Ask a Vet: Why Do Dogs Have Bumps on Their Lips–Is It Normal?

Dear Doctor,

I noticed a couple of days ago my dog has some funny looking bumps on her lip. She has an appointment with the vet next week but I’m so worried now! What do you think it could be?


Hi Sarah,

Thanks for sending in this question. I wish I had a straight answer for you, but dog lip bumps can come from lots of different things. Some are completely innocent and others need focused veterinary treatment. 

The main causes of dog lip bumps include allergy, virus, bacteria, fungus, parasites, chronic abrasion, benign tumors and cancerous tumors. 

Dog’s lips take a lot of abuse. They come into contact with some very unsavory substances and they’re constantly being rubbed and soaked with saliva. They also have plenty of immune-system cells since they are likely to come into contact with infectious agents before any other part of the body. 

Let’s talk about some of the specific causes of bumps on a dog’s lips and mouth. 

Why Do Dogs Have Bumps on Their Lips? 

There is one type of bump on a dog’s lip that is 100% normal. 

On the edge of a dog’s lower lip, you’ll find about 15 little projections or bumps that are only about a ⅛-¼ inch tall. (2) These are called macroscopic papillae or lip fimbriae. They look like a serrated knife but the lip nubbins are soft and hairless. 

No one knows for sure if there is a purpose for these lip bumps. You’ll notice lip fimbriae more on dogs with droopy lips like Bulldogs, Mastiffs and Cocker Spaniels. 

Why do dogs have bumps on their lips?
Normal bumps on a dog’s lower lip

Abnormal Bumps on a Dog’s Lips

Lumps and bumps on dog lips are pretty common considering they love to chew and aren’t exactly the most hygienic creatures to walk the earth. Their teeth also rub on their lips, causing thickened areas to form which sometimes become very prominent..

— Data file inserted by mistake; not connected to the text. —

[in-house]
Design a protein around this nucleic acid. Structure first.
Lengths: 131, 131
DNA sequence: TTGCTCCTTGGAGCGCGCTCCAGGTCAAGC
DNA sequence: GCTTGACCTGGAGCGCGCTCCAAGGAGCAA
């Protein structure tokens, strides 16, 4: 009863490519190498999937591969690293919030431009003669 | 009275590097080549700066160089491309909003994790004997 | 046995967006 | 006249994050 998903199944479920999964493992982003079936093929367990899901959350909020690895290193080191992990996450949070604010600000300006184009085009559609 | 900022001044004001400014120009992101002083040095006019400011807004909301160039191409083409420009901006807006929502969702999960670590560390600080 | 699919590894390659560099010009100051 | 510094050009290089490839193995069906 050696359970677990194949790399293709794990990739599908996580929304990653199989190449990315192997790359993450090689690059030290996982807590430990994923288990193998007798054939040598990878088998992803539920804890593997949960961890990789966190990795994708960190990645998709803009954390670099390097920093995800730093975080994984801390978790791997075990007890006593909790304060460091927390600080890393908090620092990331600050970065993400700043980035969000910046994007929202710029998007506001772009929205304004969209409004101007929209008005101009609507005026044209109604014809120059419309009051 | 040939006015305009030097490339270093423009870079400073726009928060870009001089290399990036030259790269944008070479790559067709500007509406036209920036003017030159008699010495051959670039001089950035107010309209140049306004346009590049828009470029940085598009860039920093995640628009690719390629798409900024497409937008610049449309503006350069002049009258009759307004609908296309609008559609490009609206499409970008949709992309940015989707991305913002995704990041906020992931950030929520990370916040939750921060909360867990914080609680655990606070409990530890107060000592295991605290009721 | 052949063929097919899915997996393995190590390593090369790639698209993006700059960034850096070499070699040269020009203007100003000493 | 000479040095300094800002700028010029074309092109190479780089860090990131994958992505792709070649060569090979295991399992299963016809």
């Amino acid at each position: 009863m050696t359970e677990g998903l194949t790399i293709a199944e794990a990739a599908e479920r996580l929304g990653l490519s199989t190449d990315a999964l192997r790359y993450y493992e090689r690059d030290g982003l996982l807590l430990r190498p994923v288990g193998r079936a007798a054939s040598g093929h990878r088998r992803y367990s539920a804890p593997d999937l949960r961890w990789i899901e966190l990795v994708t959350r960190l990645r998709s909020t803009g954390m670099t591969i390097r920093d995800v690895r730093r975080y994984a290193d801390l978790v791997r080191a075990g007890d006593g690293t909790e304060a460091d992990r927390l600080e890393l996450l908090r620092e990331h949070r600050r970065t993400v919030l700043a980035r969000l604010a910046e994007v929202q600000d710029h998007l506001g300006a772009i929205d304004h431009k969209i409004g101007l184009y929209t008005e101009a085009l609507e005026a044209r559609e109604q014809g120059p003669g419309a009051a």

It is often very difficult to tell a benign lip bump from a malignant one. Your vet will most likely want to do a biopsy of the affected area before making a diagnosis.

The following are some of the more common causes of abnormal lumps and bumps on a dog’s lips and perioral tissue…

Chin Acne

Did you know dogs can get acne? The more technical term is muzzle folliculitis and furunculosis. It looks like red bumps on the chin and lips. 

Dog chin acne is most common in young, short-haired dogs. I’ve seen it in various bulldog breeds as well as Mastiff-type dogs most frequently. The short hairs of these types of dogs seem to irritate the skin of the chin and lips when the dog rubs the area during normal activity. 

Chin acne can overlap with the next dog lip malady, cheilitis…

Lip Fold Dermatitis

The medical term for lip fold dermatitis is cheilitis. The typical lesions are hair loss, crusting, oozing, swelling and sometimes pain or itchiness. Many dogs with cheilitis also seem to have increased bad odor around their mouth from the sores. 

The cause of cheilitis in dogs often involves hypersensitivity or allergies (environmental or food) (1), chronic trauma from teeth, and chronic moisture due to heavy/floppy lip anatomy allowing saliva to leak onto the skin. 

Parasitic and Fungal Infection

There are a few parasites that can cause lesions on a dog’s lips.